Wednesday, March 18, 2015

We Are Called To Rise - Laura McBride

Last summer I attended the Nashville book fest and they handed out pre-release paperbacks at one of the seminars.  My friend was given this one and sent it along to me as a good read.  I agree!  It's the story of four people's lives intersecting in tragic and uplifting ways.  Bashkim, a young Albanian trying to straddle his family life and a new life in Las Vegas; Avis, weathering a divorce while her son struggles after returning from Iraq; Luis, recovering from an injury and memories of his actions and Roberta, the social worker advocate trying to help.

First off, I was intrigued by the portrayal of Las Vegas as a boom town; I'd not thought of it in that way and it changed my perception of those who chose to live there.  I was also pleased to see a 53 year old first time author have success.

I'm not a fan of the multiple story lines switching with each chapter that is so popular these days but I kept reading and overlooked it as the story deepened.  One criticism I had was that the child's voice, Bashkim, who is about 8 or 9, is unconvincing.  In fact, all four voices are not significantly different.
Some lines that resonated with me:

[when Avis, the divorcee, is deciding what to toss when moving] "If I don't save these things, I have lost something.  It's not just that objects release memories, it's also that they keep them in check.  ...If I just have this one life--if I made all these mistakes in it, felt all this joy and all this pain--I want to know what it was.  I want to know what it really meant".

[Roberta] "..I'd rather live knowing I made a mistake than wondering if I could have made a difference if I'd tried."

[Avis] "Failing isn't proof that nothing matters or that we were fools to care.  We fail even though things matter very much; it's the possibility of failure that makes them matter even more....It all matters....What is most beautiful is lease acknowledged.  What is worth dying for is barely noticed."

A book well worth reading.

Published: 2014  Read: March 2015  Genre: Fiction

ISBN: 978-1-4767-3896-3

Monday, March 16, 2015

The Rosie Project - Graeme Simsion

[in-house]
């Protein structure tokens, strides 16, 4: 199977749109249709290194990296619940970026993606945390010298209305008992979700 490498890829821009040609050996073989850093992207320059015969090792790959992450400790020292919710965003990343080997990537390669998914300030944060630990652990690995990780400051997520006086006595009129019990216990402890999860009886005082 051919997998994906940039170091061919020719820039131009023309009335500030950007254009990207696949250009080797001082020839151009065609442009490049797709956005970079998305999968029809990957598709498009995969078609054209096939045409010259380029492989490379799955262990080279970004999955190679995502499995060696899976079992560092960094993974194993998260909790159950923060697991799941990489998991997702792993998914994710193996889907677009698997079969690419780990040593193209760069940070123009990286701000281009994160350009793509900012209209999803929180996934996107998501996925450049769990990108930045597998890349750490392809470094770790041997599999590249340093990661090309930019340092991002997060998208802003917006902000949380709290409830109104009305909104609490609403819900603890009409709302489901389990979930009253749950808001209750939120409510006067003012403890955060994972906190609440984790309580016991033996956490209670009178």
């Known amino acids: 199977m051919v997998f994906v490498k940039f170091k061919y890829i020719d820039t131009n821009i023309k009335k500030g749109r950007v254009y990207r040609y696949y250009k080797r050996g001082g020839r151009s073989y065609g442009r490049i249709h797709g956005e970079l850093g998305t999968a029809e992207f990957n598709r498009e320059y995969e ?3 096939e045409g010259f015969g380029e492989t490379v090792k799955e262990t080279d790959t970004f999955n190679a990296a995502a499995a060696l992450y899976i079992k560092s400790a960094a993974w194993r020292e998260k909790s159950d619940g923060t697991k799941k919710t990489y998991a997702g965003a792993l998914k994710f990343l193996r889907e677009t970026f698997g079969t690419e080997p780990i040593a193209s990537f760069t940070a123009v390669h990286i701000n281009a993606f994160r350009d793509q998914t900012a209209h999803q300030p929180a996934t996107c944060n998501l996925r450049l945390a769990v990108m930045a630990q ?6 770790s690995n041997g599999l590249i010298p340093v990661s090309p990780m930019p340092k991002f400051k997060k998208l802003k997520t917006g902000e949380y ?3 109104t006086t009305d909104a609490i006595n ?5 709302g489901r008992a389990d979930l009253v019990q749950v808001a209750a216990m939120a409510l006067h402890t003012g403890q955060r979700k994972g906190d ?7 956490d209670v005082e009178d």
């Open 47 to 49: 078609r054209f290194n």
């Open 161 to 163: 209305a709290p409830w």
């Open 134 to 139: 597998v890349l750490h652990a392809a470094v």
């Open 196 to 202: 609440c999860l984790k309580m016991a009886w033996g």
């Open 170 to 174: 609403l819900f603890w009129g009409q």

I enjoyed this book, it was an extended story of a character like Sheldon on the Big Bang Theory television show.  Don is a genetics professor who is seeking the perfect mate by developing a questionnaire to identify her.  Instead, he runs into Rosie, a PhD student his lecherous friend sends to his office and Don mistakes as someone who fit the questions.

Rosie is everything Don thinks he doesn't want.  She smokes, she's impulsive, she drinks to much, she's outspoken.  She's also looking for her "real" father and they come together to test the DNA of all the candidates that were at her dead mother's college graduation party.

It's obvious to the reader that Don, like a group of kids and parent he lectures to help out his friend, is on the autistic continuum, although Don fails to realize this himself.  His misinterpretations of human interaction are funny and sad at the same time.

There's a message here about being an individual and accepting yourself in order to be accepting of others.  And there's laugh out loud moments too.

Published: 2013  Read: March 2015  Genre: Fiction

ISBN:3 1740 08616 9103

Sunday, March 8, 2015

Sycamore Row - John Grisham

At almost 700 pages, this is a heavy paperback.  Thank goodness Grisham still knows how to tell a good story.  I ripped through this in a few evenings, enjoyed the entire thing.  Grisham revisits Jake, the young lawyer from his first novel, "A Time to Kill".  Jake gets a civil case this time, protecting the estate of a wealthy local who leaves everything to....well, I won't spoil it.  The legal ins and outs are convincing and the twists and turns makes you appreciate how complex our laws have become.  A good story and a great escape.

Published: 2014   Read: March 2015   Genre: Pulp fiction

A Rocket in My Pocket - compiled by Carl Withers

Subtitle: the Rhymes and Chants of Young Americans

I remember quite vividly finding a worn hardback copy of this book when I was in grade school.  I was fascinated with the rhymes, riddles and sayings.  Many years ago I ordered my own paperback copy.  I re-read it recently for a bit of nostalgia.

There's something to jog our memories, from tongue twisters like "Peter Piper" to counting games like "One potato, two potato" to riddles like this one:

I washed my hands in water
That never rained nor run;
I dried them with a towel
that was never wove nor spun.
  -- Dew and Sun

Published:  1948  Read: March 2015  Genre: Poetry